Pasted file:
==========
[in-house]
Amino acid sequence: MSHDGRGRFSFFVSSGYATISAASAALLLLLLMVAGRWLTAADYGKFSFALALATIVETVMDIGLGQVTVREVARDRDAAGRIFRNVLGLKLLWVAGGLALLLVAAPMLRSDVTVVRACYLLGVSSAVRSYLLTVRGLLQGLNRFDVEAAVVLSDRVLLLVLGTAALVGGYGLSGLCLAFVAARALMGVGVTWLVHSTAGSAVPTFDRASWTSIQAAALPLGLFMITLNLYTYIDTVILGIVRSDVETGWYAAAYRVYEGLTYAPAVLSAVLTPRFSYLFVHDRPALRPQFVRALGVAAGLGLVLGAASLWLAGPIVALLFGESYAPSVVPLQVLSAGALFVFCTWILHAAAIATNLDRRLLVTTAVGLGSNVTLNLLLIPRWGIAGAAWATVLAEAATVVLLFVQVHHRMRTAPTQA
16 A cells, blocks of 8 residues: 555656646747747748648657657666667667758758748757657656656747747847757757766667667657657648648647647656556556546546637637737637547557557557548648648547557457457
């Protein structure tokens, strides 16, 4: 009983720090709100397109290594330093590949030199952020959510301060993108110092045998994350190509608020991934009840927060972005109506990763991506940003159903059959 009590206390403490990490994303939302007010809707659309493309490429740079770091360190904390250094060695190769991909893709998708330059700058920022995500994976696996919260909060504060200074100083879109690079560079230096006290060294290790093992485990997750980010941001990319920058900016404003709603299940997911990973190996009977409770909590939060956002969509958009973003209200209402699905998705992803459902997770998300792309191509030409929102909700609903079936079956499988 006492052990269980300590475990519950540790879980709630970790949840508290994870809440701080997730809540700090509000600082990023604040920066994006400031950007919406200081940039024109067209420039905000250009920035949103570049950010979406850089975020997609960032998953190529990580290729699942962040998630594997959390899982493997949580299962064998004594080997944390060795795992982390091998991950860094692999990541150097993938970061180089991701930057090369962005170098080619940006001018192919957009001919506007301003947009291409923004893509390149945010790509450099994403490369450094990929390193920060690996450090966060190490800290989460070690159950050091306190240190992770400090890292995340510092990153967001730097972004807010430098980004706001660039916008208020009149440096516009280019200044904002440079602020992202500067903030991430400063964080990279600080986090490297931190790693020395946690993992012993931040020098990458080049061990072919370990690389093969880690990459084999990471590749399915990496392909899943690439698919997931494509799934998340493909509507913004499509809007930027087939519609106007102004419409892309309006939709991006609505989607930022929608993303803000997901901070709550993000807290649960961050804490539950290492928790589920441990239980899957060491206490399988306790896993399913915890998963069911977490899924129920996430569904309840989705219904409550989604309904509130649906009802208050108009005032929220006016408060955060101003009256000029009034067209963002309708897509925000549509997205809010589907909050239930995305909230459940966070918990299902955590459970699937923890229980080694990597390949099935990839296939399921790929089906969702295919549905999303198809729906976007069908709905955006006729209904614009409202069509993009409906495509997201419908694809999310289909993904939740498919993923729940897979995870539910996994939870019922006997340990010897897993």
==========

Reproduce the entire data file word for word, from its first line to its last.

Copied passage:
[in-house]
Amino acid sequence: MSHDGRGRFSFFVSSGYATISAASAALLLLLLMVAGRWLTAADYGKFSFALALATIVETVMDIGLGQVTVREVARDRDAAGRIFRNVLGLKLLWVAGGLALLLVAAPMLRSDVTVVRACYLLGVSSAVRSYLLTVRGLLQGLNRFDVEAAVVLSDRVLLLVLGTAALVGGYGLSGLCLAFVAARALMGVGVTWLVHSTAGSAVPTFDRASWTSIQAAALPLGLFMITLNLYTYIDTVILGIVRSDVETGWYAAAYRVYEGLTYAPAVLSAVLTPRFSYLFVHDRPALRPQFVRALGVAAGLGLVLGAASLWLAGPIVALLFGESYAPSVVPLQVLSAGALFVFCTWILHAAAIATNLDRRLLVTTAVGLGSNVTLNLLLIPRWGIAGAAWATVLAEAATVVLLFVQVHHRMRTAPTQA
16 A cells, blocks of 8 residues: 555656646747747748648657657666667667758758748757657656656747747847757757766667667657657648648647647656556556546546637637737637547557557557548648648547557457457
């Protein structure tokens, strides 16, 4: 009983720090709100397109290594330093590949030199952020959510301060993108110092045998994350190509608020991934009840927060972005109506990763991506940003159903059959 009590206390403490990490994303939302007010809707659309493309490429740079770091360190904390250094060695190769991909893709998708330059700058920022995500994976696996919260909060504060200074100083879109690079560079230096006290060294290790093992485990997750980010941001990319920058900016404003709603299940997911990973190996009977409770909590939060956002969509958009973003209200209402699905998705992803459902997770998300792309191509030409929102909700609903079936079956499988 006492052990269980300590475990519950540790879980709630970790949840508290994870809440701080997730809540700090509000600082990023604040920066994006400031950007919406200081940039024109067209420039905000250009920035949103570049950010979406850089975020997609960032998953190529990580290729699942962040998630594997959390899982493997949580299962064998004594080997944390060795795992982390091998991950860094692999990541150097993938970061180089991701930057090369962005170098080619940006001018192919957009001919506007301003947009291409923004893509390149945010790509450099994403490369450094990929390193920060690996450090966060190490800290989460070690159950050091306190240190992770400090890292995340510092990153967001730097972004807010430098980004706001660039916008208020009149440096516009280019200044904002440079602020992202500067903030991430400063964080990279600080986090490297931190790693020395946690993992012993931040020098990458080049061990072919370990690389093969880690990459084999990471590749399915990496392909899943690439698919997931494509799934998340493909509507913004499509809007930027087939519609106007102004419409892309309006939709991006609505989607930022929608993303803000997901901070709550993000807290649960961050804490539950290492928790589920441990239980899957060491206490399988306790896993399913915890998963069911977490899924129920996430569904309840989705219904409550989604309904509130649906009802208050108009005032929220006016408060955060101003009256000029009034067209963002309708897509925000549509997205809010589907909050239930995305909230459940966070918990299902955590459970699937923890229980080694990597390949099935990839296939399921790929089906969702295919549905999303198809729906976007069908709905955006006729209904614009409202069509993009409906495509997201419908694809999310289909993904939740498919993923729940897979995870539910996994939870019922006997340990010897897993």